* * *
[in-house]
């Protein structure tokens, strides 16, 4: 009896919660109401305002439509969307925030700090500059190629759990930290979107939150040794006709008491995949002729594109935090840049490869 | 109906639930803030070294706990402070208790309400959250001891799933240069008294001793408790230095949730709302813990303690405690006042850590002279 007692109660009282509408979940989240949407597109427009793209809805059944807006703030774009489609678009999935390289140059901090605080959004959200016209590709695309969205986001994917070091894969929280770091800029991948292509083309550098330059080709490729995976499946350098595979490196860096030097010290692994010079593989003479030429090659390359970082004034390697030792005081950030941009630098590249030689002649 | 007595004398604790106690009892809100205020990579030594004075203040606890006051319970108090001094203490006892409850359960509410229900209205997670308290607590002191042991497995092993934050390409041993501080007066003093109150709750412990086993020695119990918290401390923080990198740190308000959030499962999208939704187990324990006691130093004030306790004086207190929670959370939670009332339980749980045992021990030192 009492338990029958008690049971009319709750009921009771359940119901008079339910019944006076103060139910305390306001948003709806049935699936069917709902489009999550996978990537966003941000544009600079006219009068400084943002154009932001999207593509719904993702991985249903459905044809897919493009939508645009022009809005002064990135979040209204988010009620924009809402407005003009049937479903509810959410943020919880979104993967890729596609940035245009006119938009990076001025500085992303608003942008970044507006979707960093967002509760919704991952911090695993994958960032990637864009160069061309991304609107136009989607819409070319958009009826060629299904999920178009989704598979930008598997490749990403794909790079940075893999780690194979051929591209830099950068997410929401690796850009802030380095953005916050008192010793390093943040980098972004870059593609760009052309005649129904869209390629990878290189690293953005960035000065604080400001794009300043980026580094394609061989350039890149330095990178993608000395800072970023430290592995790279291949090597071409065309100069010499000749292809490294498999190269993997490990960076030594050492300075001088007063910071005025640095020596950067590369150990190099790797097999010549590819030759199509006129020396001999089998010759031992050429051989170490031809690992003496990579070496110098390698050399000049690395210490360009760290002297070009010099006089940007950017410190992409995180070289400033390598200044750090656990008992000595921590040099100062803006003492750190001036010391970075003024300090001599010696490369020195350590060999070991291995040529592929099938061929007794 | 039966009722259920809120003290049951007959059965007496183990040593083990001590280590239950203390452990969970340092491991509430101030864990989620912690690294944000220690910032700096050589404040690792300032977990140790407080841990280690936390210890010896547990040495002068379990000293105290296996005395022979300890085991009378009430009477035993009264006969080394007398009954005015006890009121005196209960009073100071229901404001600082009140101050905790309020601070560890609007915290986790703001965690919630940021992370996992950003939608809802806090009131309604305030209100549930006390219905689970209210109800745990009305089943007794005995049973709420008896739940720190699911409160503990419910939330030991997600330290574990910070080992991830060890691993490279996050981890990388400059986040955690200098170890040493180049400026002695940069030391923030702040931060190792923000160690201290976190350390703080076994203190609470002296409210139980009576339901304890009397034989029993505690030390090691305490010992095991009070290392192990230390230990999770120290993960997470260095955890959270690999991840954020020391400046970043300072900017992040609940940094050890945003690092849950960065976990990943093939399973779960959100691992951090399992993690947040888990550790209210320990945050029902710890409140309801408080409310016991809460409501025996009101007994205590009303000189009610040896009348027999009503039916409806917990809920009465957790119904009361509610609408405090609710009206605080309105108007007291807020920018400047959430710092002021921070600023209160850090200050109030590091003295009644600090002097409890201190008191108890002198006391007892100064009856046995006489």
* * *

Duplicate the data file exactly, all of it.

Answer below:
[in-house]
């Protein structure tokens, strides 16, 4: 009896919660109401305002439509969307925030700090500059190629759990930290979107939150040794006709008491995949002729594109935090840049490869 | 109906639930803030070294706990402070208790309400959250001891799933240069008294001793408790230095949730709302813990303690405690006042850590002279 007692109660009282509408979940989240949407597109427009793209809805059944807006703030774009489609678009999935390289140059901090605080959004959200016209590709695309969205986001994917070091894969929280770091800029991948292509083309550098330059080709490729995976499946350098595979490196860096030097010290692994010079593989003479030429090659390359970082004034390697030792005081950030941009630098590249030689002649 | 007595004398604790106690009892809100205020990579030594004075203040606890006051319970108090001094203490006892409850359960509410229900209205997670308290607590002191042991497995092993934050390409041993501080007066003093109150709750412990086993020695119990918290401390923080990198740190308000959030499962999208939704187990324990006691130093004030306790004086207190929670959370939670009332339980749980045992021990030192 009492338990029958008690049971009319709750009921009771359940119901008079339910019944006076103060139910305390306001948003709806049935699936069917709902489009999550996978990537966003941000544009600079006219009068400084943002154009932001999207593509719904993702991985249903459905044809897919493009939508645009022009809005002064990135979040209204988010009620924009809402407005003009049937479903509810959410943020919880979104993967890729596609940035245009006119938009990076001025500085992303608003942008970044507006979707960093967002509760919704991952911090695993994958960032990637864009160069061309991304609107136009989607819409070319958009009826060629299904999920178009989704598979930008598997490749990403794909790079940075893999780690194979051929591209830099950068997410929401690796850009802030380095953005916050008192010793390093943040980098972004870059593609760009052309005649129904869209390629990878290189690293953005960035000065604080400001794009300043980026580094394609061989350039890149330095990178993608000395800072970023430290592995790279291949090597071409065309100069010499000749292809490294498999190269993997490990960076030594050492300075001088007063910071005025640095020596950067590369150990190099790797097999010549590819030759199509006129020396001999089998010759031992050429051989170490031809690992003496990579070496110098390698050399000049690395210490360009760290002297070009010099006089940007950017410190992409995180070289400033390598200044750090656990008992000595921590040099100062803006003492750190001036010391970075003024300090001599010696490369020195350590060999070991291995040529592929099938061929007794 | 039966009722259920809120003290049951007959059965007496183990040593083990001590280590239950203390452990969970340092491991509430101030864990989620912690690294944000220690910032700096050589404040690792300032977990140790407080841990280690936390210890010896547990040495002068379990000293105290296996005395022979300890085991009378009430009477035993009264006969080394007398009954005015006890009121005196209960009073100071229901404001600082009140101050905790309020601070560890609007915290986790703001965690919630940021992370996992950003939608809802806090009131309604305030209100549930006390219905689970209210109800745990009305089943007794005995049973709420008896739940720190699911409160503990419910939330030991997600330290574990910070080992991830060890691993490279996050981890990388400059986040955690200098170890040493180049400026002695940069030391923030702040931060190792923000160690201290976190350390703080076994203190609470002296409210139980009576339901304890009397034989029993505690030390090691305490010992095991009070290392192990230390230990999770120290993960997470260095955890959270690999991840954020020391400046970043300072900017992040609940940094050890945003690092849950960065976990990943093939399973779960959100691992951090399992993690947040888990550790209210320990945050029902710890409140309801408080409310016991809460409501025996009101007994205590009303000189009610040896009348027999009503039916409806917990809920009465957790119904009361509610609408405090609710009206605080309105108007007291807020920018400047959430710092002021921070600023209160850090200050109030590091003295009644600090002097409890201190008191108890002198006391007892100064009856046995006489």